prototypical of their race compared to Asian American women.
Through a Who-Said-What memory task and a free story writing
activity, the results showed that compared to Asian American
women, Asian American men’s speeches were less memorized or
less written about in a spontaneous writing exercise about Asian
American people. Thus, the authors concluded that unlike African
American men who are regarded as the prototype of their racial
group, Asian American men are not the representative gender of
their racial group. Similarly, Johnson and his colleagues (2012)
found that the combination of race and gender categories for Black
women and Asian men were experienced by college students as
atypical and less representative of their respective racial groups.
These results contradict the prototypicality hypothesis and suggest
that Asian American men bear more intersectional invisibility than
Asian American women; thus, they may be more likely overlooked
and ignored than Asian American women.
Evaluation of the SMTH Paradigm
In contrast to the Cumulative Disadvantage Paradigm’s focus on
cumulative negative effects associated with multiple subordinate
identities, the SMTH focuses on subordinate men’s role as primary
targets of oppression. This paradigm not only provides possible
explanation of Asian American men’s greater vulnerability to
outgroup discrimination, but also an interpretation of the differen-
tial underlying motivations that produce dominant men’s and
women’s outgroup discrimination. One contribution of this para-
digm is that it examines individuals’ privileges and disadvantages
simultaneously. The SMTH foregrounds the experiences of dis-
crimination among men of color based on the intersection of race
and gender: men are regarded as the major targets of discrimina-
tion because they belong to the privileged gender subgroup in their
racial group. Thus, the SMTH recognizes Asian American men’s
experiences of discrimination are not necessarily buffered by their
male privilege. However, when applied to Asian American men,
this paradigm suffers from several limitations.
As shown in the abovementioned literature review research, one
limitation is that the evidence for the SMTH’s applicability to
Asian American men has been mixed. Several assumptions within
the SMTH Paradigm have not been supported by studies on Asian
American men. For example, the SMTH argues that the underlying
motivation for women to engage in discrimination toward out-
group men is to avoid potential sexual coercion (Sidanius & Pratto,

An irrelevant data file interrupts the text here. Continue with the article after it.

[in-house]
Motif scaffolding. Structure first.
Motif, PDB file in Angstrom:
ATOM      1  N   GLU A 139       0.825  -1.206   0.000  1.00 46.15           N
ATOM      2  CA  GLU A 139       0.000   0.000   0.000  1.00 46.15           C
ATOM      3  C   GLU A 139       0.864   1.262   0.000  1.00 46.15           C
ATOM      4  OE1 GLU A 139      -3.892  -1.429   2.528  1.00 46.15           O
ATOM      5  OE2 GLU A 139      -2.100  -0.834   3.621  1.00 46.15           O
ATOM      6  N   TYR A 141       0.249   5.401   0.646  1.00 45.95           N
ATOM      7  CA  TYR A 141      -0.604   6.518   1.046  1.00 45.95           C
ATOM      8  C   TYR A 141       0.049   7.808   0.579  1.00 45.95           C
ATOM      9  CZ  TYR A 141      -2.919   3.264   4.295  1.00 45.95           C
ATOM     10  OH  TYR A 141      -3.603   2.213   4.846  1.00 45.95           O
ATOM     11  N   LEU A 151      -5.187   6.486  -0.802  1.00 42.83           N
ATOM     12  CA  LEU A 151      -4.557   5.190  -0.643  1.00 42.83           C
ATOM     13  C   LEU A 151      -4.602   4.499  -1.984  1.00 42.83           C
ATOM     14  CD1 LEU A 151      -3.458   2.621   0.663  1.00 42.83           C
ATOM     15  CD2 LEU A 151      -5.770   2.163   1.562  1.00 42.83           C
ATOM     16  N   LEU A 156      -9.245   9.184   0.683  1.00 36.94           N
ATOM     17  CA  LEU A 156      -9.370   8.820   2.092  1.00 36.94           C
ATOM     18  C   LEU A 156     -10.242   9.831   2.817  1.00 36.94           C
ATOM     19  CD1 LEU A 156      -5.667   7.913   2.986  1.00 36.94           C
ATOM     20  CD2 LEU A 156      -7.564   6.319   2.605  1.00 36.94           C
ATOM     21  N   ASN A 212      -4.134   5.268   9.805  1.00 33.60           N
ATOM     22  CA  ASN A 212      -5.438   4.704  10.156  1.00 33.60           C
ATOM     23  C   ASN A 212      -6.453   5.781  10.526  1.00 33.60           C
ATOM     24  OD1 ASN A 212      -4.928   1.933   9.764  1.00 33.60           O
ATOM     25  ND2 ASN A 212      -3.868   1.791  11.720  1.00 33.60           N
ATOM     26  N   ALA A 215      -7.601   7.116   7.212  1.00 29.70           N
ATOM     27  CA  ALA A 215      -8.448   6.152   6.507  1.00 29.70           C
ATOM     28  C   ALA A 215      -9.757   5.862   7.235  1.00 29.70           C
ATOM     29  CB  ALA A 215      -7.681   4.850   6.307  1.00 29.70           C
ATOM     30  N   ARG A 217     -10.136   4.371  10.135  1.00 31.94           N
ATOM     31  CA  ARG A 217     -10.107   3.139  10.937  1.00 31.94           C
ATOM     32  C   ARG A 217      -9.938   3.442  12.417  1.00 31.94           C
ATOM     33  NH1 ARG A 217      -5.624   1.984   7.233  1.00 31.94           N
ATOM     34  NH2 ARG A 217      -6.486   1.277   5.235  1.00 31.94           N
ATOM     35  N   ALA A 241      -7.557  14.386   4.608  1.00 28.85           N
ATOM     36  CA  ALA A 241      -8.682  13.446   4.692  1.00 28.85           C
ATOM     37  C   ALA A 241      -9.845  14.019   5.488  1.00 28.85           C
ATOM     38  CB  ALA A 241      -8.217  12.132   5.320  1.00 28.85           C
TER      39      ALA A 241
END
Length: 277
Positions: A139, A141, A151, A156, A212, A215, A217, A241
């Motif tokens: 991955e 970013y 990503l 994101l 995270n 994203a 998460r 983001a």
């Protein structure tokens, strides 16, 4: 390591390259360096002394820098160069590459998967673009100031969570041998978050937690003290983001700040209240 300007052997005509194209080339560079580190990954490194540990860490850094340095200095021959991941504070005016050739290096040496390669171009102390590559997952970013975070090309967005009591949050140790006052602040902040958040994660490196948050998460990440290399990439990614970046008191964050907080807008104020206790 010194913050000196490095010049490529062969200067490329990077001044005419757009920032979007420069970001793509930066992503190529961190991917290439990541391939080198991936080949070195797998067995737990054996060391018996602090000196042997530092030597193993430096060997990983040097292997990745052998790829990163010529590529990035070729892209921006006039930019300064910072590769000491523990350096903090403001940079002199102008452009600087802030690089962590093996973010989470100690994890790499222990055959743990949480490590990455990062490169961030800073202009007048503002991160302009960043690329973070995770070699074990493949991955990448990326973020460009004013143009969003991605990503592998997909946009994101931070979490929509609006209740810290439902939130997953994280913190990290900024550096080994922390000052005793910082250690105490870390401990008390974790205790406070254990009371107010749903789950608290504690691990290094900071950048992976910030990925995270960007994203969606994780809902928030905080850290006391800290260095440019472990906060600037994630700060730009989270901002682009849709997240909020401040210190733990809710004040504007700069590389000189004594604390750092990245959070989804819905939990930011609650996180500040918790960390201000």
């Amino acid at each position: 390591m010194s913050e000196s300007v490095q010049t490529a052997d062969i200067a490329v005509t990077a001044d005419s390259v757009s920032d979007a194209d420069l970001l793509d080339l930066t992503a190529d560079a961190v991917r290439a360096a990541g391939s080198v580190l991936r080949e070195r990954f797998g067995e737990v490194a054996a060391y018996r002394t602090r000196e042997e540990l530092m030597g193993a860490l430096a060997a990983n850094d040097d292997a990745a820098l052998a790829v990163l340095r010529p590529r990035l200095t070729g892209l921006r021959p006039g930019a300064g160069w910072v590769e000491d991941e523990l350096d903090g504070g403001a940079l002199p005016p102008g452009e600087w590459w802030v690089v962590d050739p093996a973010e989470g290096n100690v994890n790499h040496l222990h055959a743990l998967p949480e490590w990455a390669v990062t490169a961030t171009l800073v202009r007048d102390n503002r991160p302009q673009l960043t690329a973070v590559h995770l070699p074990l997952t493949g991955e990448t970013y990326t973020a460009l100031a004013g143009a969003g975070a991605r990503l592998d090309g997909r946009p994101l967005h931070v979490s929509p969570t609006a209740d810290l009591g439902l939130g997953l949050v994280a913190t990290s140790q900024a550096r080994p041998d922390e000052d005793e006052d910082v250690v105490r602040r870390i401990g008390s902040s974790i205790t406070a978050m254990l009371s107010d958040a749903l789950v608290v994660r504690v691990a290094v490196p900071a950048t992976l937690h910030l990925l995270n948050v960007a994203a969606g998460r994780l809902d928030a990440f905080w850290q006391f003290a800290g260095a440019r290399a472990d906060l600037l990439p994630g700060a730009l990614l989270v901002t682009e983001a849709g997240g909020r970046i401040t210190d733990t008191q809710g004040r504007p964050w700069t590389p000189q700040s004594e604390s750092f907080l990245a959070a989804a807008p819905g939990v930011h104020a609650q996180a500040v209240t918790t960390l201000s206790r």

2003). However, this hypothesis might be most relevant to African
American men (Goff & Kahn, 2013). The hypothesis that men of
color are perceived as sexual aggressors by White women were
mainly confined to studies involving samples of Black men (Ha-
ley, Sidanius, Lowery, & Malamuth, 2004; Navarrete, Fessler,
Fleischman, & Geyer, 2009; Navarrete, McDonald, Molina, &
Sidanius, 2010). There is no empirical evidence showing that this
stereotype is also applicable to Asian American men in contem-
porary American society. As shown in our literature review in the
next section, Asian American men are less preferred in romantic
partner selection because they are perceived as physically weak
and sexually unattractive (Fisman et al., 2008), rather than because
they are perceived as physically or sexually threatening.
In addition, the representative prototypicality hypothesis as ap-
plied to Asian American men for their race has not received
empirical support, as described in the abovementioned review of
research (Johnson et al., 2012; Schug et al., 2015; Wilkins et al.,
2011). Thus, the underlying assumption that subordinate men are
targets of racism due to their prototypicality may not apply to
Asian American men. Research findings conflict with the Social
Dominance Theory’s contention that arbitrary-set groups should
be viewed as male-gendered social categories (Haley et al., 2004).
In fact, studies have shown that Asian American men experience
invisibility as a form of discrimination (Ho, 2011), rather than as
a way to escape discrimination. In a study on individuals’ percep-
tions of perpetrators and targets of racism (Goff & Kahn, 2013),
respondents were asked to imagine a person who was a target of
racism. The researchers found that although 79% of respondents
reported that their imagined target of racism was a man (as was
consistent with the SMTH), 100% of these targets of racism were
imagined to be Black. This finding underscores the invisibility of
Asian American men in individuals’ conceptualizations of racism.
Finally, the SMTH’s focus on a quantitative comparison of
discrimination between men and women is an oversimplification
of Asian American men’s life experiences. This approach does not
aid researchers in understanding when and how gender operates as
a system of oppression or as an aspect of identity (Alvarez et al.,
2006; Concepcion et al., 2013; Goto et al., 2002; Greene et al.,
2006; Hwang & Goto, 2009; Lam, 2007; Tawa et al., 2012).
Researchers who studied the SMTH primarily used gender and
race as categorical variables in their statistical analysis (Haley et
al., 2004; Navarrete et al., 2009, 2010). Although the theory
explains the motivation of those who engage in discrimination
toward outgroup men, it fails to explain the psychological mech-
anisms of perceived discrimination in Asian American men. That
is, the SMTH only explains the motivation of discrimination from
the perpetrator’s point of view, but not from the perceiver’s point
of view. For example, questions unanswered by the SMTH include
how heterosexual Asian American men experience discrimination